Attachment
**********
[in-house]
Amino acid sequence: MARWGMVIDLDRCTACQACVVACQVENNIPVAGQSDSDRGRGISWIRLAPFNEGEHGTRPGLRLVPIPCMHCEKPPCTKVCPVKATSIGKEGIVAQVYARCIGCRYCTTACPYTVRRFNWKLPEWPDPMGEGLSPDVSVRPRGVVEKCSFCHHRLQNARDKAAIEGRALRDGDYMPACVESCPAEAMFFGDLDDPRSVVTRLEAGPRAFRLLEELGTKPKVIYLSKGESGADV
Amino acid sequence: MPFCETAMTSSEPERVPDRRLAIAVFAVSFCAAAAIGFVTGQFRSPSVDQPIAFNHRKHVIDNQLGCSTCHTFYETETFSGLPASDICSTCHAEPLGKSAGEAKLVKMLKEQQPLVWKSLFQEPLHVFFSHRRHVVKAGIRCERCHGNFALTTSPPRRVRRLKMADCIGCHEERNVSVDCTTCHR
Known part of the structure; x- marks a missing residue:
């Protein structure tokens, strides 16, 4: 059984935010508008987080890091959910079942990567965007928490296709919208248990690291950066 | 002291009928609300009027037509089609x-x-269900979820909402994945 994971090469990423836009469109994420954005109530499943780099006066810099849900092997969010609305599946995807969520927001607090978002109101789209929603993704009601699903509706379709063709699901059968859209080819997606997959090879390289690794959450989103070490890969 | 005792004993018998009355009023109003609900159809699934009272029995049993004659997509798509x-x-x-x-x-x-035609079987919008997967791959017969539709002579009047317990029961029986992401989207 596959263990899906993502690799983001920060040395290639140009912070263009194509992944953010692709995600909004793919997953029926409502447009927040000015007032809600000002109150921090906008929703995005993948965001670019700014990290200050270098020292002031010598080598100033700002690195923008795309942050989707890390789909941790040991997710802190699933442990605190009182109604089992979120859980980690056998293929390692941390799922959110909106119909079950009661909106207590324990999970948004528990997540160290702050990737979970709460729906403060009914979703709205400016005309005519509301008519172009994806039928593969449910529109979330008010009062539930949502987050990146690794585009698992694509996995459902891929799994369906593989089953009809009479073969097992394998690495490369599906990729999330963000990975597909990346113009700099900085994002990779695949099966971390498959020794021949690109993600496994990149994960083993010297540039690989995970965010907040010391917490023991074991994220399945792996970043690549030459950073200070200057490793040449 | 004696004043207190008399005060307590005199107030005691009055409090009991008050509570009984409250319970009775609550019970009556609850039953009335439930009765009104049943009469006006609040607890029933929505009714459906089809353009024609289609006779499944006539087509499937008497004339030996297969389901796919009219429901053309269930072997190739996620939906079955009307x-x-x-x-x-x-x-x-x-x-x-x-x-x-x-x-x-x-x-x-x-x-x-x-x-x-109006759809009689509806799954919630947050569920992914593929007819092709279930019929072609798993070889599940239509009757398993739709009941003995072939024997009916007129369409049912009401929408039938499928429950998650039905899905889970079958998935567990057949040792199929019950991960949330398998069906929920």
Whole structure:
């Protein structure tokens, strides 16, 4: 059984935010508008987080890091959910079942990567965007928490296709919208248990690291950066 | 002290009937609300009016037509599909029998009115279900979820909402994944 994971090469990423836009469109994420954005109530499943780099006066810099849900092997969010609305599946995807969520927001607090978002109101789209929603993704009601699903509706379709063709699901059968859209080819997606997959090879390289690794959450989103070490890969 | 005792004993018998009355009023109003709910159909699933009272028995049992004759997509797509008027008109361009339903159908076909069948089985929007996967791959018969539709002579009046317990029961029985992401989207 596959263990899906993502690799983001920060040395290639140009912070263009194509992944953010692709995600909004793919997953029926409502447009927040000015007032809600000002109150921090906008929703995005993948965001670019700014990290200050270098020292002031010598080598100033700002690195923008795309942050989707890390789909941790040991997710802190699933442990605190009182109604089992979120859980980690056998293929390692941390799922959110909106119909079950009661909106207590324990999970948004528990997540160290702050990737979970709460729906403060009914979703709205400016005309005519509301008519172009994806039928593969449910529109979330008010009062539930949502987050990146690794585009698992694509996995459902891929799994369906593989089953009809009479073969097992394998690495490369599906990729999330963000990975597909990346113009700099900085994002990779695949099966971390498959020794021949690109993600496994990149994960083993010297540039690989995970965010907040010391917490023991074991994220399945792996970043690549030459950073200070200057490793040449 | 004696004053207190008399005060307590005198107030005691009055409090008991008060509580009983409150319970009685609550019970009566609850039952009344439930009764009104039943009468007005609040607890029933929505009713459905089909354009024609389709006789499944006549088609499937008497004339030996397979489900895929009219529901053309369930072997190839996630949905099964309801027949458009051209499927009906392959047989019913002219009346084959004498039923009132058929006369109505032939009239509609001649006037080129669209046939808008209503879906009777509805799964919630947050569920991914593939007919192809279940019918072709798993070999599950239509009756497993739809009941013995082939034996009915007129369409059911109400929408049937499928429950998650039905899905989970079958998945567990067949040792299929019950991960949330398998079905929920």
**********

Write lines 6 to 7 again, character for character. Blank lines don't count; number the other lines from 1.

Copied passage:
Whole structure:
């Protein structure tokens, strides 16, 4: 059984935010508008987080890091959910079942990567965007928490296709919208248990690291950066 | 002290009937609300009016037509599909029998009115279900979820909402994944 994971090469990423836009469109994420954005109530499943780099006066810099849900092997969010609305599946995807969520927001607090978002109101789209929603993704009601699903509706379709063709699901059968859209080819997606997959090879390289690794959450989103070490890969 | 005792004993018998009355009023109003709910159909699933009272028995049992004759997509797509008027008109361009339903159908076909069948089985929007996967791959018969539709002579009046317990029961029985992401989207 596959263990899906993502690799983001920060040395290639140009912070263009194509992944953010692709995600909004793919997953029926409502447009927040000015007032809600000002109150921090906008929703995005993948965001670019700014990290200050270098020292002031010598080598100033700002690195923008795309942050989707890390789909941790040991997710802190699933442990605190009182109604089992979120859980980690056998293929390692941390799922959110909106119909079950009661909106207590324990999970948004528990997540160290702050990737979970709460729906403060009914979703709205400016005309005519509301008519172009994806039928593969449910529109979330008010009062539930949502987050990146690794585009698992694509996995459902891929799994369906593989089953009809009479073969097992394998690495490369599906990729999330963000990975597909990346113009700099900085994002990779695949099966971390498959020794021949690109993600496994990149994960083993010297540039690989995970965010907040010391917490023991074991994220399945792996970043690549030459950073200070200057490793040449 | 004696004053207190008399005060307590005198107030005691009055409090008991008060509580009983409150319970009685609550019970009566609850039952009344439930009764009104039943009468007005609040607890029933929505009713459905089909354009024609389709006789499944006549088609499937008497004339030996397979489900895929009219529901053309369930072997190839996630949905099964309801027949458009051209499927009906392959047989019913002219009346084959004498039923009132058929006369109505032939009239509609001649006037080129669209046939808008209503879906009777509805799964919630947050569920991914593939007919192809279940019918072709798993070999599950239509009756497993739809009941013995082939034996009915007129369409059911109400929408049937499928429950998650039905899905989970079958998945567990067949040792299929019950991960949330398998079905929920």